When Testers Abuse Authority: Q&A with Michael Bolton‏?

When Michael Bolton talks, testers listen. In our latest Testing the Limits interview, we shoot some questions back and forth with the popular author, speaker and consultant. Here's a sneak-peek: 

"I urge testers: You want to manage a project? Become a project manager. I urge quality assurance people: You want to assure quality? Make sure you have real, final authority over the product and the people who produce it. That is, become a manager. You're not a gatekeeper of quality; you're a speed bump on the road to quality."

"I've met testers who believe that it's their prerogative to tell programmers what to do or how to do it. I recommend that such testers reflect on how they feel when they're told what to do by people who've never done testing work."

10 Tips for Performance Test Automation?

A software expert's heuristic for regression testing?

By Karen N. Johnson:

Regression testing can be a bundle of work. Regression testing is testing designed to revisit existing aspects of an application or product to ensure the application is still working after changes have been made within a product or new features have been added. By definition, regression testing can be expansive because we may want to ensure nearly every aspect of a product is retested. Recognizing that regression tests are typically previously-created tests means that the labor of regression testing is not in test creation as much as test execution time. Planning what to regression test is the first challenge. So, how do you choose what to regression test? 

Regression testing can be a bundle of work. Regression testing is testing designed to revisit existing aspects of an application or product to ensure the application is still working after changes have been made within a product or new features have been added. By definition, regression testing can be expansive because we may want to ensure nearly every aspect of a product is retested. Recognizing that regression tests are typically previously-created tests means that the labor of regression testing is not in test creation as much as test execution time. Planning what to regression test is the first challenge. So, how do you choose what to regression test?
I devised a heuristic to plan regression testing, it's called: RCRCRC. It stands for:
  • Recent
  • Core
  • Risky
  • Configuration sensitive
  • Repaired
  • Chronic
If you haven't worked with heuristics before, the term can sound intimidating. A heuristic is a rule of thumb or a shortcut that helps us solve problems and make judgments. A heuristic is not a perfect method. The purpose of this heuristic is to help you think through various aspects of the application you're testing and think about the product in different


Read more at: http://searchsoftwarequality.techtarget.com/tip/A-software-experts-heuristic-for-regression-testing

Tips for Better User Acceptance Testing?

By Karen N. Johnson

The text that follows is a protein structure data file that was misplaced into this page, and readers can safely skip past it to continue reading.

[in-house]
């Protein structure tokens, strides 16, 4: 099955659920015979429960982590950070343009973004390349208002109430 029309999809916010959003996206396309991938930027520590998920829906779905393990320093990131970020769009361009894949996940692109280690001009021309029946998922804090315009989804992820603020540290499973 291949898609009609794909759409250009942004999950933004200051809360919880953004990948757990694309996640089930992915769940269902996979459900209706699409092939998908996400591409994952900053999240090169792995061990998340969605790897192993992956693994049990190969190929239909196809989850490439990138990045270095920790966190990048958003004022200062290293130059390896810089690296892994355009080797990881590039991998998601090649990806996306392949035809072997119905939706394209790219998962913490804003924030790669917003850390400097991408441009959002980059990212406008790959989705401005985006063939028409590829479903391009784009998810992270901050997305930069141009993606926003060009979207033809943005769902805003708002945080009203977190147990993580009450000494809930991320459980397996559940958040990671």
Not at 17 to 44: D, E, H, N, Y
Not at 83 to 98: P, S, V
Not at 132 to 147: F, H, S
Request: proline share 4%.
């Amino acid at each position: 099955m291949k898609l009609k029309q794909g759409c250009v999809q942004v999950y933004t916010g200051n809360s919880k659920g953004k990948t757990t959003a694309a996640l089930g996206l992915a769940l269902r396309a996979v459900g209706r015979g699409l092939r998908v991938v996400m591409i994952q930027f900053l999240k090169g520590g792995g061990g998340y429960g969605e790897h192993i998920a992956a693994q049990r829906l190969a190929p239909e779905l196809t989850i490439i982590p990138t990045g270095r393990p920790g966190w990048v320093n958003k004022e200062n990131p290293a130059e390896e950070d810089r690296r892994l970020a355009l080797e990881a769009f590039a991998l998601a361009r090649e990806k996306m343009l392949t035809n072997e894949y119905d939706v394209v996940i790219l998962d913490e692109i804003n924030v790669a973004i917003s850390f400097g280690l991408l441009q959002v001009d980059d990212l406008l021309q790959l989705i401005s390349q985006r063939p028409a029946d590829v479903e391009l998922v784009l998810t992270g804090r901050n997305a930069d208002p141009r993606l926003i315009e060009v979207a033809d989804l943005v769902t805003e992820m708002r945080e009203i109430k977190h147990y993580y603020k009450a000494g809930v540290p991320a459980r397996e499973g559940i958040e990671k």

The theory of user acceptance testing (UAT) is straightforward: User acceptance testing is conducted by users of the product. Users test a product to determine whether the product meets their needs, expectations, and/or requirements. But the distance between the theory of UAT and the reality of what takes place in UAT can be a mighty big gap.
The user acceptance test cycle can be one of the vaguest and most poorly planned segments of the whole product development lifecycle. Confusion may abound about exactly what UAT is and who is responsible for running it. One of the larger pain points of UAT is how late in the cycle this testing takes place. Typically UAT is one of the last efforts before product launch. The late timeframe of the testing adds to frustration, leaving some users and product team members wondering, "What's the point of UAT?"

Read more at:
http://www.informit.com/articles/article.aspx?p=1431821


Top 10 Qualities of a Project Manager?


By Timothy R. Barry
What qualities are most important for a project leader to be effective? Over the past few years, the people at ESI International, world leaders in Project Management Training, have looked in to what makes an effective project leader. With the unique opportunity to ask some of the most talented project leaders in the world on their Project Leadership courses ESI have managed to collect a running tally on their responses. Below are the top 10 in rank order according to frequency listed.


Inspires a Shared Vision
An effective project leader is often described as having a vision of where to go and the ability to articulate it. Visionaries thrive on change and being able to draw new boundaries. It was once said that a leader is someone who "lifts us up, gives us a reason for being and gives the vision and spirit to change." Visionary leaders enable people to feel they have a real stake in the project. They empower people to experience the vision on their own. According to Bennis "They offer people opportunities to create their own vision, to explore what the vision will mean to their jobs and lives, and to envision their future as part of the vision for the organisation." (Bennis, 1997)


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